A precipitation composite for eight years in which ENSO was transitioning from El Nino or Neutral conditions to La Nina indicates that “on average” the coastal Southern California climate division recorded about 4 to 5 inches less precipitation than normal for the period November through March. The percent of normal water year rainfall recorded at Downtown Los Angeles (USC) ranged from a low of 53% (1988, 8.08″), to a high of 99% (1973, 14.92″). The average rainfall for these years was 77%, or 11.7″.

Maps generated using the ESRL/PSD page Risk of Seasonal Climate Extremes in the U.S. Related to ENSO do not indicate a higher than normal risk for an extremely dry rain season in Southern California when La Nina conditions are present.


La Nina composites from CPC’s ENSO Temperature & Precipitation Composites page suggest the period Jan-Feb-Mar may be particularly dry, but this is not reflected in CPC’s official seasonal precipitation forecasts.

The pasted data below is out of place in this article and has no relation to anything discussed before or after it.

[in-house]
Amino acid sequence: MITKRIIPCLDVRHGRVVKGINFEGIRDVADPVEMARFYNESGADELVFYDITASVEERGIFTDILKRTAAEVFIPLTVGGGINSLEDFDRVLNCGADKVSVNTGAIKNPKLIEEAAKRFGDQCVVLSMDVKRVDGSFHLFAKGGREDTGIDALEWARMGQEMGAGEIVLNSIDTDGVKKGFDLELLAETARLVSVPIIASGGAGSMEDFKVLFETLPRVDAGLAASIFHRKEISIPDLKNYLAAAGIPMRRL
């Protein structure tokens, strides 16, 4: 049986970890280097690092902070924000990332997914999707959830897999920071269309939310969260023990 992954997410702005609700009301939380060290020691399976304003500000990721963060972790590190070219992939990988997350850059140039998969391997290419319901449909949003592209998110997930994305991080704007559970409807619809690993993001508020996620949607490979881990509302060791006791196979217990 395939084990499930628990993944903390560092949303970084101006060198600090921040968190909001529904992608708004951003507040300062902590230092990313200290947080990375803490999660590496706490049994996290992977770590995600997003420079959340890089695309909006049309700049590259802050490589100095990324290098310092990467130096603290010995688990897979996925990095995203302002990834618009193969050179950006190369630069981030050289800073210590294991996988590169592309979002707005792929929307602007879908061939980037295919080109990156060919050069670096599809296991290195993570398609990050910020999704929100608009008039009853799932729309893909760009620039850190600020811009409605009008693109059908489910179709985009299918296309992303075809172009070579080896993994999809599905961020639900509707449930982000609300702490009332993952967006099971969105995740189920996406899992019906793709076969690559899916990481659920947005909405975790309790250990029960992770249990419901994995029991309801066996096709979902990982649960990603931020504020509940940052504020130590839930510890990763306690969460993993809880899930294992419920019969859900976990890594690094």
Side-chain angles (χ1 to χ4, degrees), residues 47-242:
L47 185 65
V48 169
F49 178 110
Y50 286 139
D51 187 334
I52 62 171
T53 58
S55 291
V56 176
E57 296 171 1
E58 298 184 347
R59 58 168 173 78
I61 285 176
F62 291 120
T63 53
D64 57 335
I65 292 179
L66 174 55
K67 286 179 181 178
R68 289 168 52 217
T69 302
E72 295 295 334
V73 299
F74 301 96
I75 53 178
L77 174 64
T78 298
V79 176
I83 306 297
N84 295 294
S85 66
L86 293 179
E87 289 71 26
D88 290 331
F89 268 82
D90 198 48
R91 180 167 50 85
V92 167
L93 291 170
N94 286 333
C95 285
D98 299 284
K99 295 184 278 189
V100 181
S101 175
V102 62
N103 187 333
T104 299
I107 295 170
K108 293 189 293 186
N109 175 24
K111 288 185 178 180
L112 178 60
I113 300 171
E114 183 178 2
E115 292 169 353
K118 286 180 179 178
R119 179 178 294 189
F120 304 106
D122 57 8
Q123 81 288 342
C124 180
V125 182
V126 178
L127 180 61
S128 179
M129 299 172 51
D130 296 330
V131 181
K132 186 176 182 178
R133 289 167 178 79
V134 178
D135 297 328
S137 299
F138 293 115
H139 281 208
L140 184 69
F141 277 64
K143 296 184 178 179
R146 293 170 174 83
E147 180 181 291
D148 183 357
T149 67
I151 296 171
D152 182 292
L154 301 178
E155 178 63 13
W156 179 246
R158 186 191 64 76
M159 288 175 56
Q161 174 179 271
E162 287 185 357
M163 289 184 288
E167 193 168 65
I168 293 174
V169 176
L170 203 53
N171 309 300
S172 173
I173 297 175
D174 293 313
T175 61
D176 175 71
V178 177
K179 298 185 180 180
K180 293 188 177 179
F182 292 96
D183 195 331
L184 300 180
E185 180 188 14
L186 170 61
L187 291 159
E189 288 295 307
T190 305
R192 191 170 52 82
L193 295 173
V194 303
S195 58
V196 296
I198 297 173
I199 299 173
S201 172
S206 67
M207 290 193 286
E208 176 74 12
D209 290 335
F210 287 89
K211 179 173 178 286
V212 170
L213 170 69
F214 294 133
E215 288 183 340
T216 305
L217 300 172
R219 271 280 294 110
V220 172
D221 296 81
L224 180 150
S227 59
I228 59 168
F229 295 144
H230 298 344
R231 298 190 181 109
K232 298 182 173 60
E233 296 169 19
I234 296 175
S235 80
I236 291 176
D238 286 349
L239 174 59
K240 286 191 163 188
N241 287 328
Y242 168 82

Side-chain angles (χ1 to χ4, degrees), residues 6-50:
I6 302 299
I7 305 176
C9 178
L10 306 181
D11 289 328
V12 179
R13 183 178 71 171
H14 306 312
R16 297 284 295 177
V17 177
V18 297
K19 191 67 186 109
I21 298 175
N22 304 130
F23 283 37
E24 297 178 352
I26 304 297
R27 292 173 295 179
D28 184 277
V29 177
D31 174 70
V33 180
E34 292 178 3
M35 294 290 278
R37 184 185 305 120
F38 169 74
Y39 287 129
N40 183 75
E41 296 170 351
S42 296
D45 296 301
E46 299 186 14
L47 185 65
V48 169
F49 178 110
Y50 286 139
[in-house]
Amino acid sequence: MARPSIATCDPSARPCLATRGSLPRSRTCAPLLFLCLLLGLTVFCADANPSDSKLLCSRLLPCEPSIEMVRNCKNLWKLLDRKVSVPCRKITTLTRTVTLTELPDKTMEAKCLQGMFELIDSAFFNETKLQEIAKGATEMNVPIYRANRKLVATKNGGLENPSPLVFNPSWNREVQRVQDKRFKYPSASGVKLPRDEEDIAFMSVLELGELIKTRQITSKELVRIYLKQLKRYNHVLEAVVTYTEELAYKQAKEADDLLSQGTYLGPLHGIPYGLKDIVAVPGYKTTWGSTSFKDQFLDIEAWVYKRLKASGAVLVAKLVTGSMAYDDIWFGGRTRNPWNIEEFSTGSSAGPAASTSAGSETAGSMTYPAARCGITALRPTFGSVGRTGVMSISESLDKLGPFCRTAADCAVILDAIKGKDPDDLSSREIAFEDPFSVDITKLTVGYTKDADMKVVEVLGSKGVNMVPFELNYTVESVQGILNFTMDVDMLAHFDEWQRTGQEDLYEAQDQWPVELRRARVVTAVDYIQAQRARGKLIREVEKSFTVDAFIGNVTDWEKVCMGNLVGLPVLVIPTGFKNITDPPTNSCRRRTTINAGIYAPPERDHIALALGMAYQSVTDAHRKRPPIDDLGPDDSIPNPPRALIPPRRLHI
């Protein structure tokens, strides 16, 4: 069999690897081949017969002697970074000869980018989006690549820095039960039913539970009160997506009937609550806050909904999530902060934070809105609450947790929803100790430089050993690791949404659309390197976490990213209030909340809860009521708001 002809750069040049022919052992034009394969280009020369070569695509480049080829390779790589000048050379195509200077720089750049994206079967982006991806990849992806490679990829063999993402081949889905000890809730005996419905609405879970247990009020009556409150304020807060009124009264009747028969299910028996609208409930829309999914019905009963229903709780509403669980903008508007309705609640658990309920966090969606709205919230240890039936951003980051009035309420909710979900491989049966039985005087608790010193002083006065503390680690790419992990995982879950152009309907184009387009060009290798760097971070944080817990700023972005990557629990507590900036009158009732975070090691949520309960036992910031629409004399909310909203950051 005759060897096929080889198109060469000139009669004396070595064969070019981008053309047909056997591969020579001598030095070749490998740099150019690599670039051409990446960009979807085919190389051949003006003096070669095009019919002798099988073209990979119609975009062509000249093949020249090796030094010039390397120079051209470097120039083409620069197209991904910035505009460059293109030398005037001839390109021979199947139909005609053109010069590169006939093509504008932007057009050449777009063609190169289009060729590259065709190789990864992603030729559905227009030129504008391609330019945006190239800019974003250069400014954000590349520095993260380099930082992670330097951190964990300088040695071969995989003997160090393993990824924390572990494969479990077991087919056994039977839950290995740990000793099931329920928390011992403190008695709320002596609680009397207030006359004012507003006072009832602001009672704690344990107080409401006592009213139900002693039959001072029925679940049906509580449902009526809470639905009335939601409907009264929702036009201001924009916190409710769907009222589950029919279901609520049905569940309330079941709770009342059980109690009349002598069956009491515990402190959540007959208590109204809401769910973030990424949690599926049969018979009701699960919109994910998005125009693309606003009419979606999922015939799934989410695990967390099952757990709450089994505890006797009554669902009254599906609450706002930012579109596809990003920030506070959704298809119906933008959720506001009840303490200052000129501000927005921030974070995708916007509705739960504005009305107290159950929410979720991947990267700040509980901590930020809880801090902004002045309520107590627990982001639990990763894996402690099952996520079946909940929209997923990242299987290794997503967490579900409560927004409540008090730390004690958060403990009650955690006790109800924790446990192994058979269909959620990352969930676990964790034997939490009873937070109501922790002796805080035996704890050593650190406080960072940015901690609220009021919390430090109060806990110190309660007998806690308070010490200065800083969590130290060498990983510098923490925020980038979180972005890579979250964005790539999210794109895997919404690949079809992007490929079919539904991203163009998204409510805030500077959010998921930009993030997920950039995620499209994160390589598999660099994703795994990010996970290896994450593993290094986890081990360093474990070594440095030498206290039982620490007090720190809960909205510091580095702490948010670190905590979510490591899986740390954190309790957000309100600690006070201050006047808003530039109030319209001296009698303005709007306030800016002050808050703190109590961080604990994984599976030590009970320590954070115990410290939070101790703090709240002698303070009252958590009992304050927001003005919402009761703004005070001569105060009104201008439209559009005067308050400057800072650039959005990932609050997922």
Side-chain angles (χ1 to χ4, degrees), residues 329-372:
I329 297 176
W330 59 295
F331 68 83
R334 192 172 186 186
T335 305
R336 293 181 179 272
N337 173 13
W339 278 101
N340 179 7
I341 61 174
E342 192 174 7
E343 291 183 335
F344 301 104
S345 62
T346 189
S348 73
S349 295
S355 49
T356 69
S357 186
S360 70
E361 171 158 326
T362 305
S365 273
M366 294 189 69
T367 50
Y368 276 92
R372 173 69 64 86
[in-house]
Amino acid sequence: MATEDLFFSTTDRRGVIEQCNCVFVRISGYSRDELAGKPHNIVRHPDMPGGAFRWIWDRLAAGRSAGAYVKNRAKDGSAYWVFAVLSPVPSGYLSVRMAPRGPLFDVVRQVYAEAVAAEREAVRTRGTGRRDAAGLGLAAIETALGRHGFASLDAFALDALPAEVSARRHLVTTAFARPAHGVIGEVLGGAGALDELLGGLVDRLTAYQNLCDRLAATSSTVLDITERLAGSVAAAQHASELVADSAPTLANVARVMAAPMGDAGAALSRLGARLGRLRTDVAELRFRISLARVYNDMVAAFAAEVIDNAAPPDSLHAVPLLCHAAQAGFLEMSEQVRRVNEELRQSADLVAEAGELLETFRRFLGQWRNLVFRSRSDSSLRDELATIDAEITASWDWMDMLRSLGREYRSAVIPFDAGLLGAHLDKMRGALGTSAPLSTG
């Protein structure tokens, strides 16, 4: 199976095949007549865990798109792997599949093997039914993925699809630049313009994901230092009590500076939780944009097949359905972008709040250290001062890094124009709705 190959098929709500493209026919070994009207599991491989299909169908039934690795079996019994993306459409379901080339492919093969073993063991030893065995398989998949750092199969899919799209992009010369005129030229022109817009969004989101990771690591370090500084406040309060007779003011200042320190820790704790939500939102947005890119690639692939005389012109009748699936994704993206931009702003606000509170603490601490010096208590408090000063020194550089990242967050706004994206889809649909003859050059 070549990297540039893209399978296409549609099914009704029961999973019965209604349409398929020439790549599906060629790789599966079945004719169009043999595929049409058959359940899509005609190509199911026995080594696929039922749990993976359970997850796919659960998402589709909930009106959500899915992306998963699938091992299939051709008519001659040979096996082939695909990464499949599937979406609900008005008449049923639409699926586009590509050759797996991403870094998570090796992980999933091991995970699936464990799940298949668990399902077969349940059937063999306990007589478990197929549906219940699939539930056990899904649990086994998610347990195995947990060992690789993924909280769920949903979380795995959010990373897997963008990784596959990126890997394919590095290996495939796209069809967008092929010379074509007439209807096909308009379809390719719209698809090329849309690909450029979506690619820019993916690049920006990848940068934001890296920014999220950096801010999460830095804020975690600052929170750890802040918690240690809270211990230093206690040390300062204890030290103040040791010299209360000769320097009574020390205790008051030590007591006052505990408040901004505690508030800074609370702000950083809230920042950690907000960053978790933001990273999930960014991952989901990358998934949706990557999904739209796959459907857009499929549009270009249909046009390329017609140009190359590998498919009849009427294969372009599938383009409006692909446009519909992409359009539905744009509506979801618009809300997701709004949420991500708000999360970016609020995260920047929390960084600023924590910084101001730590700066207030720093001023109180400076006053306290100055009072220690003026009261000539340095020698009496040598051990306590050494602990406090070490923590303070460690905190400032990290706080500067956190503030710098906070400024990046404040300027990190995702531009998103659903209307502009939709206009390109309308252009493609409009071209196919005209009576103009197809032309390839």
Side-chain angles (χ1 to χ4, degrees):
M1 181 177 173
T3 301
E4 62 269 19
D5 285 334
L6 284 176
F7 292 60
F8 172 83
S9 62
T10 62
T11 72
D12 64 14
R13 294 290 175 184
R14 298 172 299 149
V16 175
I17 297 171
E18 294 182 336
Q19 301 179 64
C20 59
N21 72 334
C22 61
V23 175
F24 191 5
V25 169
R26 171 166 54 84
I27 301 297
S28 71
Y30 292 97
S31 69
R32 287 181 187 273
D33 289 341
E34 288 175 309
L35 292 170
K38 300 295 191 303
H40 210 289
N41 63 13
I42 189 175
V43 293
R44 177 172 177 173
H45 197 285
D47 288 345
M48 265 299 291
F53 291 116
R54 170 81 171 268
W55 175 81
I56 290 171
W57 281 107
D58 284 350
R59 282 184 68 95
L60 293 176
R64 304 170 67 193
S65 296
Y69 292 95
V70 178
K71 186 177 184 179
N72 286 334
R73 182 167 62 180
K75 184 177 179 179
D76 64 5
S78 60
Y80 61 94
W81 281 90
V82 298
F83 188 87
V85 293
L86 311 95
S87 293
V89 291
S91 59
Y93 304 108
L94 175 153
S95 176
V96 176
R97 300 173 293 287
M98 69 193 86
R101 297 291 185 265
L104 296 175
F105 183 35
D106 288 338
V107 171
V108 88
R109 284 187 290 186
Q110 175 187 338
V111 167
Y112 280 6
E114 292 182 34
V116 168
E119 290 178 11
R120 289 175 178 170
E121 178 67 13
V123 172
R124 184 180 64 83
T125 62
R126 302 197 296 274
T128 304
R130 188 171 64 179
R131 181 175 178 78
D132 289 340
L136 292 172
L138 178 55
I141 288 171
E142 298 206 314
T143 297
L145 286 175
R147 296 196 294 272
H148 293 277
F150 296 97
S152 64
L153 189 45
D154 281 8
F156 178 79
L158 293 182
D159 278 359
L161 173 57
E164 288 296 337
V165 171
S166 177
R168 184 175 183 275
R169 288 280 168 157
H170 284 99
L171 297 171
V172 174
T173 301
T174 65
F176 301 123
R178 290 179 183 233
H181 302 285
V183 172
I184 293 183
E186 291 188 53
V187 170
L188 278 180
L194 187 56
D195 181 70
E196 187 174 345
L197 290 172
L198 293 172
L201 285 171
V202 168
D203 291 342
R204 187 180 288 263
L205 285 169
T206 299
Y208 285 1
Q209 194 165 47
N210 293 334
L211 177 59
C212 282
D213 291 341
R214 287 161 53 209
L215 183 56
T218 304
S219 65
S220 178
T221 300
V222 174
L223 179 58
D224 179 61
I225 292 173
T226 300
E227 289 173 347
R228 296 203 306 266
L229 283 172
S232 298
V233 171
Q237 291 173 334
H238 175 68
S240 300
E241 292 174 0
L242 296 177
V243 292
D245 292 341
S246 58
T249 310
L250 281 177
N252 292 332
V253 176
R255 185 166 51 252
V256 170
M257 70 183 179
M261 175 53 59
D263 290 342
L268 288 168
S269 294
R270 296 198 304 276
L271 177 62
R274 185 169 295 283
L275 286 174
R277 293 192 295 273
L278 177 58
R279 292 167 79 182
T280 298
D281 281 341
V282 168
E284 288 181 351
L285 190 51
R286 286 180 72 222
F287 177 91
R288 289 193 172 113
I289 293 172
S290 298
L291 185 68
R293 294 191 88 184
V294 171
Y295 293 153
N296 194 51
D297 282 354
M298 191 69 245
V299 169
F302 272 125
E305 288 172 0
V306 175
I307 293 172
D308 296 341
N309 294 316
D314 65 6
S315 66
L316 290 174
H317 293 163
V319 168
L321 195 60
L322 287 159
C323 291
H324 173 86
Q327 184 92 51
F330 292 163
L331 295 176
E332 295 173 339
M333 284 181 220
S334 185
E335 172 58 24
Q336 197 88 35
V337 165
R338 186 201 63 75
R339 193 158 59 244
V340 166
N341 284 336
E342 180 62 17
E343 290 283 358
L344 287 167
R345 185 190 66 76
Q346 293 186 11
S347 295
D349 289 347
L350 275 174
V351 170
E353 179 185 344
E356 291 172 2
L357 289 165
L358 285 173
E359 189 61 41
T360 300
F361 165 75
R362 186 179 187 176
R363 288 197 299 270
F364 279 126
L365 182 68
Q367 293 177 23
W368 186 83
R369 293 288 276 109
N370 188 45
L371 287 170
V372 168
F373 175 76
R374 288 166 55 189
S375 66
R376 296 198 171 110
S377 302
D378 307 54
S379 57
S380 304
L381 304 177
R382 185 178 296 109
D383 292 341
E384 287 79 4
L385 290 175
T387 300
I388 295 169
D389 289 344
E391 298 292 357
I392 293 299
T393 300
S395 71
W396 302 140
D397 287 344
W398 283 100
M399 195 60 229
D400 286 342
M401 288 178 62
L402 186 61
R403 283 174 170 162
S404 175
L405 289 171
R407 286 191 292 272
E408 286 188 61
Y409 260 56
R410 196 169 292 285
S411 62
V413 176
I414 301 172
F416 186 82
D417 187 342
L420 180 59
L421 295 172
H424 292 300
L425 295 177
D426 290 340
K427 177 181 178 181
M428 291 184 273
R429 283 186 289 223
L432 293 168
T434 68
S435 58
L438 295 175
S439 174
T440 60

CPC’s Three-Month Precipitation Outlooks and NOAA Winter Outlook were updated yesterday. The precipitation outlook for Nov-Dec-Feb in the Coastal Southern California climate division shows equal chances of above average, near average, or below average precipitation. As the rain season progresses, these probabilities become only slightly skewed toward below normal precipitation. The skew becomes more pronounced in Feb-Mar-Apr when the probability of below normal precipitation increases to 45%.

The title photograph is from Sunday’s out and back run from Chatsworth Reservoir to Rocky Peak.